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Firefighters are exposed to higher levels of 'forever-chemical' on the job, study shows

Firefighters in Thousand Oaks monitor a house fully engulfed by fire.
Wally Skalij/Los Angeles Times via Getty Images
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WHQR
Firefighters in Thousand Oaks monitor a house fully engulfed by fire.

Duke University scientists are using a new method of tracking exposure to PFAS chemicals: silicon wristbands. It may help them figure out which chemicals workers are exposed to on the job.

Firefighters have a 14 percent higher risk of dying from cancer than the general adult U.S. population, and scientists are still unsure why.

That’s why the Durham Fire Department reached out to Duke University for a study on their exposure, using inexpensive silicone wristbands that absorb environmental contaminants.

Ph.D. student Jessica Levasseur led the study, and said it’s the first of its kind to use these silicone wristbands to test for PFAS, or per- and polyfluoroalkyl substances — a family of thousands of chemicals sometimes known as 'forever chemicals,' because they do not degrade under most circumstances and can accumulate in the body.

"Ordinary silicone wristbands, like the ones sold in stores, absorb the semi-volatile organic compounds you’re exposed to while you’re out in the world,” she said.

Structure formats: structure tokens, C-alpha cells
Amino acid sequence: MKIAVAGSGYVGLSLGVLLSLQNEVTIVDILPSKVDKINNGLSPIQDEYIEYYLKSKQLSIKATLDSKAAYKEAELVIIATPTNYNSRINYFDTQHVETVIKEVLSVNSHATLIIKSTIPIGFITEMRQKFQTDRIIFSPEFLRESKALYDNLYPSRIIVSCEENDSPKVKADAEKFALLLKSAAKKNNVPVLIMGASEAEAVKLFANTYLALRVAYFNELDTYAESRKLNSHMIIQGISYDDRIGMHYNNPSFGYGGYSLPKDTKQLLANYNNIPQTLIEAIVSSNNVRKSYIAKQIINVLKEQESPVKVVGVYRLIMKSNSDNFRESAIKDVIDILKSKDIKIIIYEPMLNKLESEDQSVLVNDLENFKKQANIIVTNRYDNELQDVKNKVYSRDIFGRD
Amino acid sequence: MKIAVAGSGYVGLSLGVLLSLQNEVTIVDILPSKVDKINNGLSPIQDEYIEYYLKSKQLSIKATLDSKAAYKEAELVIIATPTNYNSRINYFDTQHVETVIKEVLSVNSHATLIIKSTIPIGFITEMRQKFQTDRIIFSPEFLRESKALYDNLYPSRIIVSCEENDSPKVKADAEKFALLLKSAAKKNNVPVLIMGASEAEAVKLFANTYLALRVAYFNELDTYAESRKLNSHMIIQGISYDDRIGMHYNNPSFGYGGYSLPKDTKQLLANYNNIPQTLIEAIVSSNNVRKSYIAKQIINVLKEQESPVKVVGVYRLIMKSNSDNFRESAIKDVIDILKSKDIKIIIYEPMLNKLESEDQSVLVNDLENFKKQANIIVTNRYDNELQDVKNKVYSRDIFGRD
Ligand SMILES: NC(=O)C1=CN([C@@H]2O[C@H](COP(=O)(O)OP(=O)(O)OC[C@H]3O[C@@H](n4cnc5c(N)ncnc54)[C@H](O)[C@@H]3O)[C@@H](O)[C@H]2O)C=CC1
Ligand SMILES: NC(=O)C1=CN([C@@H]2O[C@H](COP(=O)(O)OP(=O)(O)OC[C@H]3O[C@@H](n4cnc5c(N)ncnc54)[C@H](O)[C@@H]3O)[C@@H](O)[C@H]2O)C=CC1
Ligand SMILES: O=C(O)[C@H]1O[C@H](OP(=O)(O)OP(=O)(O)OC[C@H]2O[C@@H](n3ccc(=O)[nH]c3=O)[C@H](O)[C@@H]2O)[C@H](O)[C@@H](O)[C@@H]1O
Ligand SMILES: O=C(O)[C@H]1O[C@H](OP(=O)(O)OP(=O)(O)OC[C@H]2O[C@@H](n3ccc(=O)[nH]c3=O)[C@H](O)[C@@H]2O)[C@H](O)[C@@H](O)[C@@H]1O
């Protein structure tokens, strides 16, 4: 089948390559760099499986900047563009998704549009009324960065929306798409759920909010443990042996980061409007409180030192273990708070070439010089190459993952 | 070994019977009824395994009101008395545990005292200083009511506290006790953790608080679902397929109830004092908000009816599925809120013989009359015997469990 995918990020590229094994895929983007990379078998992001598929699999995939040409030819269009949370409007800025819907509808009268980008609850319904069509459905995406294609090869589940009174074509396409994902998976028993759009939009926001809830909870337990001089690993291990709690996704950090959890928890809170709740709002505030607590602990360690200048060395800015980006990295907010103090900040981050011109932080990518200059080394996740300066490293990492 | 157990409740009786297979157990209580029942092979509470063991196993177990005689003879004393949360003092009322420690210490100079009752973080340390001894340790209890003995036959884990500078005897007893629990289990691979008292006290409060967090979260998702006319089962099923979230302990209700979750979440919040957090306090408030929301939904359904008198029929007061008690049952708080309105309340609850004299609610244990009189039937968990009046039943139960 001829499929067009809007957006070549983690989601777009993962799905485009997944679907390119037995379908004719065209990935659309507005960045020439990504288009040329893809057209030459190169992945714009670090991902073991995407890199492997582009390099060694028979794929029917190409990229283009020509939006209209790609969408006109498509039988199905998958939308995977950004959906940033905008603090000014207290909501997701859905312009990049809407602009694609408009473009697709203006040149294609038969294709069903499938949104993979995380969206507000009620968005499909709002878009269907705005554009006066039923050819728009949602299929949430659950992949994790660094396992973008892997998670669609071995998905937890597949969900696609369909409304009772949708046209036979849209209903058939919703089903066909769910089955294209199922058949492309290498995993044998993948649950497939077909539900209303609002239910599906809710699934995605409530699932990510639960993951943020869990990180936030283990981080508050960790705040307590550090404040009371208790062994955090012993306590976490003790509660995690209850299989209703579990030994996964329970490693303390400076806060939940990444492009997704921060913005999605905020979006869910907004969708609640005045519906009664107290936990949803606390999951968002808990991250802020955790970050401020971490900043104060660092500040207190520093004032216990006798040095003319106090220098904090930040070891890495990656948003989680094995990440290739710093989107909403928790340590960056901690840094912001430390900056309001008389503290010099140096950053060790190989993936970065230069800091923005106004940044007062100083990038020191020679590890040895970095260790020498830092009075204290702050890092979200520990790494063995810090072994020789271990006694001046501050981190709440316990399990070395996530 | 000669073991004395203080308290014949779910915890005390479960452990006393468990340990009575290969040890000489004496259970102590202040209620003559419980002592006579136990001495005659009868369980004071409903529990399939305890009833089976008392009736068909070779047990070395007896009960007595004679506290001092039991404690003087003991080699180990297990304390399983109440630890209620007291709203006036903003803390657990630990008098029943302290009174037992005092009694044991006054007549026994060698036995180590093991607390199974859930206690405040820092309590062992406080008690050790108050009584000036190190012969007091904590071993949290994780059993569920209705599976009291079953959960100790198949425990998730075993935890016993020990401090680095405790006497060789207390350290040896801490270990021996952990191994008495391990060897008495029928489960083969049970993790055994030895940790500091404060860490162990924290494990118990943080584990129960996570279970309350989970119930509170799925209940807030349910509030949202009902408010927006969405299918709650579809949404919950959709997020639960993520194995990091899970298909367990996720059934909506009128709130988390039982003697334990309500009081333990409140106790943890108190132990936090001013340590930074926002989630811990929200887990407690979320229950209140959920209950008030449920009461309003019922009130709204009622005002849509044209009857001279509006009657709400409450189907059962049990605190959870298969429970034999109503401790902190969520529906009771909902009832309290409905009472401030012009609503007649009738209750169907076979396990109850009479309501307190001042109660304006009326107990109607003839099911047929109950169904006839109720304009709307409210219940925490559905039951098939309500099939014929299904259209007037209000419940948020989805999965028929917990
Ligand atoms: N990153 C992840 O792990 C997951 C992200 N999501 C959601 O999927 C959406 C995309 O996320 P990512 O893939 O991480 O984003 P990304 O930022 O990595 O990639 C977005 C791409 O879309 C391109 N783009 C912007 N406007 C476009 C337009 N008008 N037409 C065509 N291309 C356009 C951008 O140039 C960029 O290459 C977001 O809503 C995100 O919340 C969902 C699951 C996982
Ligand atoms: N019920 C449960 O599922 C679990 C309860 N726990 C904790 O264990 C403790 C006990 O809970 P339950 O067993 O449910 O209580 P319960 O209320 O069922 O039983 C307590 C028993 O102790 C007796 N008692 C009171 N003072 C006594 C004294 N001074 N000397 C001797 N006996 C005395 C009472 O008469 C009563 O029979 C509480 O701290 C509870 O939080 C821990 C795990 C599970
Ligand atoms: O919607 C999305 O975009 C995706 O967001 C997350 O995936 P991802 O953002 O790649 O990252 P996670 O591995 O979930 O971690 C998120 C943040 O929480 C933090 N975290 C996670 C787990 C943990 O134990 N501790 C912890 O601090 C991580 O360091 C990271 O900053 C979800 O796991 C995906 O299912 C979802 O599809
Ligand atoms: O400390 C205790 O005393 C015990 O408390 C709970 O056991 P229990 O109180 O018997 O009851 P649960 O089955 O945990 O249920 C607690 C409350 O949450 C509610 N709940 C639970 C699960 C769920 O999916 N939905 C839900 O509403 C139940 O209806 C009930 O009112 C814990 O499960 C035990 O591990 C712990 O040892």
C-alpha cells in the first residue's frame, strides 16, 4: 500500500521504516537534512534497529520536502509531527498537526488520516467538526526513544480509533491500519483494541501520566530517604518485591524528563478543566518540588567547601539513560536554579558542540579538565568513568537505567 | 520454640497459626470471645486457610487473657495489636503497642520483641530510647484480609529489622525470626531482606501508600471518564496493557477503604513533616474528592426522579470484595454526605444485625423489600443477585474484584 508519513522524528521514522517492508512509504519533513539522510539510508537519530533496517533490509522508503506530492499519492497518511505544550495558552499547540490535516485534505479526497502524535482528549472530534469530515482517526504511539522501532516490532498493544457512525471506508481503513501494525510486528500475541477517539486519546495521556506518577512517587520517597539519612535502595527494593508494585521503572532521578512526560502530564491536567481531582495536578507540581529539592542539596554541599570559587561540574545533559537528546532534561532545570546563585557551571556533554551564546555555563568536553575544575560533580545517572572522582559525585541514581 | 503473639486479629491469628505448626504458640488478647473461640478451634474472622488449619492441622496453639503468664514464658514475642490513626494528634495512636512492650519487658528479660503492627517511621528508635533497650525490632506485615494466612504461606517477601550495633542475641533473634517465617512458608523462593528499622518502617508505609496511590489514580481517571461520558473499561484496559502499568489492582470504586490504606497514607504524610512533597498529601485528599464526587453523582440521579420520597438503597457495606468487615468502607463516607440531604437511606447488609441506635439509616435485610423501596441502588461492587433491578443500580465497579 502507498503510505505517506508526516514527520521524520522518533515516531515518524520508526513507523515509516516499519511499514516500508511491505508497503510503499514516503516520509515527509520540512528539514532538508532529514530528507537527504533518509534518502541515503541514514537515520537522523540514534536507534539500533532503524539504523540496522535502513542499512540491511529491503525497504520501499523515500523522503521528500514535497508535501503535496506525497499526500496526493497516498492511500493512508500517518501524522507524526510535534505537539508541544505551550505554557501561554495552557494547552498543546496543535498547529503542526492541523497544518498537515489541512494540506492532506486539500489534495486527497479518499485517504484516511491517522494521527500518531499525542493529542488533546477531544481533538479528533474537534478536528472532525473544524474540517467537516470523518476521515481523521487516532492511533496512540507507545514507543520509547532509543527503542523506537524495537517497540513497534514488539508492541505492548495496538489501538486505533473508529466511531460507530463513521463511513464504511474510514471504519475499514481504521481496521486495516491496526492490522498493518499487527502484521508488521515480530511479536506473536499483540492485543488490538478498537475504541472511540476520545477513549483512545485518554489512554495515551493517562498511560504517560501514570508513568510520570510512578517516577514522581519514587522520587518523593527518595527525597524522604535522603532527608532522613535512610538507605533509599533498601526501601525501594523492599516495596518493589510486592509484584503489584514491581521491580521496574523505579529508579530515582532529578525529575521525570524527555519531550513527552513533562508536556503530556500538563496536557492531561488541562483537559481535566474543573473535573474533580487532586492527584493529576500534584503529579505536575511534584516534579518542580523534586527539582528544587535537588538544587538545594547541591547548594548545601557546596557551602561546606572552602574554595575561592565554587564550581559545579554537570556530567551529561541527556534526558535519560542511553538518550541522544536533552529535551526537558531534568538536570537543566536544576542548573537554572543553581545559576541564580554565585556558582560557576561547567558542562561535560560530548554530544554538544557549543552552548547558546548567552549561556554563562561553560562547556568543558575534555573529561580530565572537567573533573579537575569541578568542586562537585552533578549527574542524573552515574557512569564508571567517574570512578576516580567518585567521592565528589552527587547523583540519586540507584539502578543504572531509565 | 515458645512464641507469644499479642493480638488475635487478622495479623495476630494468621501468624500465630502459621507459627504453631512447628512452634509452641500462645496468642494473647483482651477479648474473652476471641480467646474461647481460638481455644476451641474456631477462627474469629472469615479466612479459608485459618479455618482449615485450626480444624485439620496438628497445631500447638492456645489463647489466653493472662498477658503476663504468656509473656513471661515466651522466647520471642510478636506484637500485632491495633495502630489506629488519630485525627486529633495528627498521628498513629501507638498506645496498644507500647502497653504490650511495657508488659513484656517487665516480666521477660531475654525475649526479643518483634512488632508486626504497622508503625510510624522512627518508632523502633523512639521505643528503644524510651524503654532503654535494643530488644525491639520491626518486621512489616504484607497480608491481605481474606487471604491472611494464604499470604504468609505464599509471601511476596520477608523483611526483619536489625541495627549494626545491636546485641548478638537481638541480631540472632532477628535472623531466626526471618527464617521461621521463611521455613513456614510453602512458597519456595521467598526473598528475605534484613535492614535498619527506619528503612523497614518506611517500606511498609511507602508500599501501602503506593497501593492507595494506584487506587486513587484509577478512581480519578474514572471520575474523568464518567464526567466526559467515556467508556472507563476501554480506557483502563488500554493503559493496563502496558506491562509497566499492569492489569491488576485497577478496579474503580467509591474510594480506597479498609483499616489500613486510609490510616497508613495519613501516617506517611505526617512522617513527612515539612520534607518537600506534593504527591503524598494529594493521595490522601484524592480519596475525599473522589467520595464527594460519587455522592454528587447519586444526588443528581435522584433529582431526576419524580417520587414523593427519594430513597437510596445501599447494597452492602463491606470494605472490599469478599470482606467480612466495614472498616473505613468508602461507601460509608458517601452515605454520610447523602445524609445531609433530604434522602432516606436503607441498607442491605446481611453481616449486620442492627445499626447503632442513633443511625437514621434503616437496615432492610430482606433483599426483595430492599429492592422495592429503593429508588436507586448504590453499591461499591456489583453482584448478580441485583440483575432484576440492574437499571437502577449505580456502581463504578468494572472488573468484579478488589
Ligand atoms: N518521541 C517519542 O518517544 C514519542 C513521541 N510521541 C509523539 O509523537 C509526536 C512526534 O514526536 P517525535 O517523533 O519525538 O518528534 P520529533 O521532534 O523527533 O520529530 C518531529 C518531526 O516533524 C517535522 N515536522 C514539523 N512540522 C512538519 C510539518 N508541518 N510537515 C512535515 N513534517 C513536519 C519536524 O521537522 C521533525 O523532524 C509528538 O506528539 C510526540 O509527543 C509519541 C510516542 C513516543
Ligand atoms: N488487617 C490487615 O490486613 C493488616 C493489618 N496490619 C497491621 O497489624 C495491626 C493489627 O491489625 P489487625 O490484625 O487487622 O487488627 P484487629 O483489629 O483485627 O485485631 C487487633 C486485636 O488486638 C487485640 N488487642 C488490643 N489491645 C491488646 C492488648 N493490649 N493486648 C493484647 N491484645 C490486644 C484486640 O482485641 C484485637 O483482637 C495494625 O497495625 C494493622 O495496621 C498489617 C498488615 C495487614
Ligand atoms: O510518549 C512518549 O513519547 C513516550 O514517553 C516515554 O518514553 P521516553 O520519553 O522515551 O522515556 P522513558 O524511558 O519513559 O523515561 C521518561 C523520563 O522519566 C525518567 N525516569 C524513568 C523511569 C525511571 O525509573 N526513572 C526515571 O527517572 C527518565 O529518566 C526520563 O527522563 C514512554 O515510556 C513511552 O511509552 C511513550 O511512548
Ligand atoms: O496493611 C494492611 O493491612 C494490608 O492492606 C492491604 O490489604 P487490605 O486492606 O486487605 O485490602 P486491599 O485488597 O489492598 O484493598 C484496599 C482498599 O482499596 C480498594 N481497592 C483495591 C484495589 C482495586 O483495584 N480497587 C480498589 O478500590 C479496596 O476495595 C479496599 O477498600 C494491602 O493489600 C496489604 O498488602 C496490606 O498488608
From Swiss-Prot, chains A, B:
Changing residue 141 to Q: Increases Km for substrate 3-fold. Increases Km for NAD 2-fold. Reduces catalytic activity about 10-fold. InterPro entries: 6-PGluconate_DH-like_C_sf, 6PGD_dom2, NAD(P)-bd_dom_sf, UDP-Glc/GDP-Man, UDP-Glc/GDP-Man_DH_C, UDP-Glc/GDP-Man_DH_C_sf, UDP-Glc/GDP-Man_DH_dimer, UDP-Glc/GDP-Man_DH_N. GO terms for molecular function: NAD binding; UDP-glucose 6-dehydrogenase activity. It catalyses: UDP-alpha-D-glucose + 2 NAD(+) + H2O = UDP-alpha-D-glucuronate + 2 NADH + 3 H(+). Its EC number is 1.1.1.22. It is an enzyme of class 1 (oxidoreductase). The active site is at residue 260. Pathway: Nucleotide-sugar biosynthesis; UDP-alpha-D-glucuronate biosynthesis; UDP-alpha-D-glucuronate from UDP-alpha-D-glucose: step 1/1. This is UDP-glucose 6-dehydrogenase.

Firefighters are an ideal group of subjects to study because their exposure is quite different from the general population, and because there are lingering questions about the health impacts of their job.

"Most of us don't walk into a burning building," Levasseur said. "And so even though there's a chemical that we may never be exposed to, because it's inside a wall somewhere, firefighters are being exposed to that chemical.”

During the study, 20 firefighters from DFD wore the wristbands while on shift, then wore different wristbands on their days off. Then, both sets were tested for 134 different chemicals, including PFOS (a legacy PFAS) and polycyclic aromatic hydrocarbons, or PAH. Both are correlated with cancer, and both tested at higher levels on the wristbands Durham Firefighters wore while on shift, especially when fighting fires.

Levasseur says these wristbands are an exciting development in workplace safety, and they may someday help workers of all kinds learn more about their risks in the workplace.

"We're hoping that in understanding how firefighters have different exposures while they're at work, we can better understand why their firefighter cancer risks are higher," she said.

Future studies will need to expand the testing population to learn more about these exposures, but it's all a matter of funding.